August 19, 1996: Piranha Death Match
May 26, 2006: Kobayashi vs. An Octopus
June 12, 2009: BJW vs. CHIKARA (Night 1)
June 13, 2009: BJW vs. CHIKARA (Night 2)
November 20, 2009: Jun Kasai vs. Ryuji Ito – Match of the Year
October 1, 2009: Romeo vs. Juliet
The most recently reviewed promotion here at I2I is Beyond Wrestling, a group which is based out of Northern Ohio and tapes DVDs not in front of live audiences of fans but rather in front of other wrestlers who are seated in furniture that grandma couldn’t get rid of at her last yard sale. The majority of the people who commented on my Beyond Wrestling column thought that it was only a step above backyard wrestling. I disagree, as there appeared to be several wrestlers there who were just a step below being able to make it in PWG or CHIKARA and probably will make it to one of those companies with a bit more experience.
Ahhhh, DDT. Founded by Sanshiro Takagi, who still wrestles there to this date, it is the potpourri of the professional wrestling world. You never quite know what you’re going to get out of DDT. They gave the world Kota Ibushi and popularized Kenny Omega and to a lesser extent Munenori Sawa, so they are capable of providing great straight professional wrestling matches. They are also capable of rocking the comedy when they see fit, either through their wrestling blow up doll YOSHIHIKO, everybody’s favorite edgy gay character Danshoku Dino, or their matches in insane locations like iron works and camp sites. It is also arguably the most successful independent group in Japan, as it has a highly entertaining weekly television program and has, for the last two years, sold out the 10,000+ seat Sumo Hall for special shows.
June 18, 2009: Pro Wrestling in a Theme Park
June 28, 2009: Shanshiro Takagi vs. Munenori Sawa
August 23, 2009: Ryogoku Peter Pan (Part 1)
August 23, 2009: Ryogoku Peter Pan (Part 2)
October 25, 2009: Kota Ibushi vs. YOSHIHIKO
2010 Compilation: Takagi & Sawa are fighting champions
May 5, 2010: American Balloon retirement
Frankly, I don’t know that much about EAW aside from the fact that it’s based out of Mexico. Early on in this column’s history, though, I heard of a promotion that was putting on shows with two rings positioned next to each other, with one being on STILTS. I knew that I had to watch this, and the rest was history.
Sometimes, we here at I2I like to go a little old school. When that happens, it is most likely going to involve FMW. FMW, founded by Atsushi Onita in the early 1990’s, is credited with being the group that really set off the independent wrestling movement in Japan. Known for brutal deathmatches, shows which featured multiple styles of wrestling, and dramatic storylines, the company was essentially the forerunner for Paul Heyman’s ECW. FMW also managed to grow an incredible amount over the years, at one point being sponsored by DirecTV and having a series of pay per view events hosted by that service. Unfortunately, the company folded in the early part of this decade due to financial problems which would also lead to its top executive committing suicide.
June 6, 1995: Midget Exploding Barbed Wire Match
1997 Compilation: Shin-FMW
August 25, 1997: Six Man Tag with Ricky Morton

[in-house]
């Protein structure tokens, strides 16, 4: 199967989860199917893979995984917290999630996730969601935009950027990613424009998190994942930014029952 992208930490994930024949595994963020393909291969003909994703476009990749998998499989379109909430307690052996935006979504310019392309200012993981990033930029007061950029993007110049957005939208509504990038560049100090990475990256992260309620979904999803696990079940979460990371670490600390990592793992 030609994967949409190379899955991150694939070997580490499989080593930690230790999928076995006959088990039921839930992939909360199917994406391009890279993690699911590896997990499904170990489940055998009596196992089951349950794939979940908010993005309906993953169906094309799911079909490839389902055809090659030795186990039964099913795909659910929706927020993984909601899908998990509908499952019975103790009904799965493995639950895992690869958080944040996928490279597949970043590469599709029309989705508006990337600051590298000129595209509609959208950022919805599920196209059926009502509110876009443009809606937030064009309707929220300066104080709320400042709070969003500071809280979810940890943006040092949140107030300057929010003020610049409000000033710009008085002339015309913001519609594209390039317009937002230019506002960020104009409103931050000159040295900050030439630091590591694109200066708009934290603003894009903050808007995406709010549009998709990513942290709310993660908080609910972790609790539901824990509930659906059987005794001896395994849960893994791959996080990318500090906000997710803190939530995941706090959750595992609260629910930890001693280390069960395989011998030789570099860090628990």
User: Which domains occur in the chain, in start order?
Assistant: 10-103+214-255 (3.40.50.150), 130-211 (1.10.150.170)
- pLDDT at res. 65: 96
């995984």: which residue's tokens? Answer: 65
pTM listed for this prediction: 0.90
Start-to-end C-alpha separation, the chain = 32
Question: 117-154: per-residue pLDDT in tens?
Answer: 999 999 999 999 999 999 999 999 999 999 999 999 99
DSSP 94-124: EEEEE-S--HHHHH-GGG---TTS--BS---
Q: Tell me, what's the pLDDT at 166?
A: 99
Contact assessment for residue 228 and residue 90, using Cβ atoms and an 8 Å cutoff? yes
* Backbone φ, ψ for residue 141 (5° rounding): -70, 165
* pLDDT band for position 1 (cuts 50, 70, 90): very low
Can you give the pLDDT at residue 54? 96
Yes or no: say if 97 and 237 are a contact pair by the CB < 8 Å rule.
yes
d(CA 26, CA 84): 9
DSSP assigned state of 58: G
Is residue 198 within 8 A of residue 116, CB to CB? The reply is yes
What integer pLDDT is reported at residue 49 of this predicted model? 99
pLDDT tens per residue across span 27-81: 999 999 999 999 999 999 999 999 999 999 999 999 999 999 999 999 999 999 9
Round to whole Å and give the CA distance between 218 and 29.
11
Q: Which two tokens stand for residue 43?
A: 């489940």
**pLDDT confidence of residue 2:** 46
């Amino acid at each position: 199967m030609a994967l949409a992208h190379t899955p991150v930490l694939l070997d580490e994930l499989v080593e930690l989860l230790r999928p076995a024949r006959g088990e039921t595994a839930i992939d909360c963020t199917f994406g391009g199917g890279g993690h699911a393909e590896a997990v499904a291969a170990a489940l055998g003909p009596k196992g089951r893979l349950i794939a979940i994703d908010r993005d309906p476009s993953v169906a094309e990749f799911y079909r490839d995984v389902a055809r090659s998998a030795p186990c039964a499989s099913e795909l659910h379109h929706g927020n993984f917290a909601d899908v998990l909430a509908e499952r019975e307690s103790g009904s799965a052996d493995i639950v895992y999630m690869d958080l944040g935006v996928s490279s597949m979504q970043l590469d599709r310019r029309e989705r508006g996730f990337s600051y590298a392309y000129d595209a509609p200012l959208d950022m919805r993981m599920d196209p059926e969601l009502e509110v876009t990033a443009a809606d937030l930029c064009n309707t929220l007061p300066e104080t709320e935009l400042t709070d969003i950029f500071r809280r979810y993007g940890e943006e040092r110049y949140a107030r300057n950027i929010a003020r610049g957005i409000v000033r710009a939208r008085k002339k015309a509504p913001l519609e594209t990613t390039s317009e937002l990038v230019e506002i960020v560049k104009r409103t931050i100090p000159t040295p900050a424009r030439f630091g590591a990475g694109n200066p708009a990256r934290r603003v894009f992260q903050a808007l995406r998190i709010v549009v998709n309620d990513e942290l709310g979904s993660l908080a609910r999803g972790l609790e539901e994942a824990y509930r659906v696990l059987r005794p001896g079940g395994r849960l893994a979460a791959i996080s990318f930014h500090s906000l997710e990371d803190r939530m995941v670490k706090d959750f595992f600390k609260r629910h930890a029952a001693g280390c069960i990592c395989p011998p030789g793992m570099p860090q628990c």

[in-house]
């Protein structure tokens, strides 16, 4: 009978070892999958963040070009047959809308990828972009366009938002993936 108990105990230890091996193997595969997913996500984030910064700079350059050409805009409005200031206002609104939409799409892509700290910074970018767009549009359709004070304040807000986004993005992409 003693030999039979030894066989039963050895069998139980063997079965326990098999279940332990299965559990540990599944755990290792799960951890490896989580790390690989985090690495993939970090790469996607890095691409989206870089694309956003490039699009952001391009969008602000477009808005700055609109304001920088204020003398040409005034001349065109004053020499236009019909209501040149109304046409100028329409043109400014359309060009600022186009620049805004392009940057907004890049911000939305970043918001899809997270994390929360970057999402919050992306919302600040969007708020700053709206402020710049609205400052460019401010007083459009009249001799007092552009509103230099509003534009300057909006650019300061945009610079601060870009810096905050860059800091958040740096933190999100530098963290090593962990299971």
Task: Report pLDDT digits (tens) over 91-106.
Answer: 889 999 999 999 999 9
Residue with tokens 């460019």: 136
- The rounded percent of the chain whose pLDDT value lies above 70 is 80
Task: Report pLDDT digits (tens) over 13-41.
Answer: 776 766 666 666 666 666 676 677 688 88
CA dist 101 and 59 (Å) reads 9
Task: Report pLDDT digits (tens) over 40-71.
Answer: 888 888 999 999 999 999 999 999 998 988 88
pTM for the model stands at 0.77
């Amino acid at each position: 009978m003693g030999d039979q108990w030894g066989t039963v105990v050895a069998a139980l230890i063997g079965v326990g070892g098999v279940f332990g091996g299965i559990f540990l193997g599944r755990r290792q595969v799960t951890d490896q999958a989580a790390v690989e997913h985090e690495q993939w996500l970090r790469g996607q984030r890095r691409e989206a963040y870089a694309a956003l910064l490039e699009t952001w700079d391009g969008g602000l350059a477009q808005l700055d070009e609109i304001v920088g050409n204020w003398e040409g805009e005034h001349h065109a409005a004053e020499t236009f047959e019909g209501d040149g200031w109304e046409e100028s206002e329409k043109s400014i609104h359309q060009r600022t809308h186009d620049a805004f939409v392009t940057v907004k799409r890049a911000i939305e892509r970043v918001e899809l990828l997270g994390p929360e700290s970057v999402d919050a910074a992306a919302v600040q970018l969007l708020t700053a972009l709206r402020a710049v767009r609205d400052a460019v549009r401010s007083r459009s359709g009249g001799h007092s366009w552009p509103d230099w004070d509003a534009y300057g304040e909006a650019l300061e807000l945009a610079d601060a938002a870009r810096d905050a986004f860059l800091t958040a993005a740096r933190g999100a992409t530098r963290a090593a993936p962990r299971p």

November 23, 1999: Judgment Day pay per view
December 22, 1999: Action from Bryan Danielson’s first tour of Japan
Originally this company was envisioned as a serious one, essentially the pro wrestling branch of Dream Stage Entertainment, which at the time was making boatloads of money off of its MMA promotion PRIDE. However, it didn’t take long before things started to get wacky. For whatever reason, the group quickly started to adopt a style that it referred to as “Fighting Opera,” creating out of this world storylines and characters, including a man who was the letter “c” come to life and an army of monster wrestlers each one more bizarre than the last. For a period of time, the Fighting Opera was insanely popular, and HUSTLE could have fairly been considered the second largest wrestling promotion in Japan. The group’s fall was as quick as its rise, though, and with the exception of a few key shows from its brief glory period, it was more fairly classified as a well-funded indy group. Ultimately, the decline of HUSTLE resulted in it dying out altogether last fall. The name has since been resurrected, though the new shows are harder to come by and we haven’t seen any of them here yet.
October 6, 2006: Six person tag with Hamada, Awesome Kong
April 23, 2009: The Glory of Natto Man
April 29, 2009: (^o^)/ Chie Retirement Show
May 4, 2009: Sasuke vs. Kawada
July 7, 2009: Monster Army vs. HUSTLE Elimination Match
August 27, 2009: Shiro Koshinaka 30th Anniversary Match
October 10, 2009: The Final Show
Every time that I write about Ice Ribbon, I’m afraid that it sounds a little bit sketchy. You see, the company frequently involves girls as young as twelve or thirteen engaging in professional wrestling matches. It was founded by former joshi star Emi Sakura, who was making ends meet as a gymnastics instructor until her students learned about her pro wrestling past and began requesting that she teach them a bit about the sport. Eventually this lead to the founding of a dojo and then a series of shows at which the students could ply their trade. Though early on the Ice Ribbon shows consisted only of matches held in their school on simple blue mats, recently they have become a full-fledged indy promotion, appearing at Tokyo’s Korakuen Hall on a semi-regular basis and drawing in numerous guest stars from larger independent groups. Oh, and you remember the twelve year old wrestlers I mentioned at the top of this paragraph? Believe it or not, a few of them are better than anybody who you’ll see in Nexus.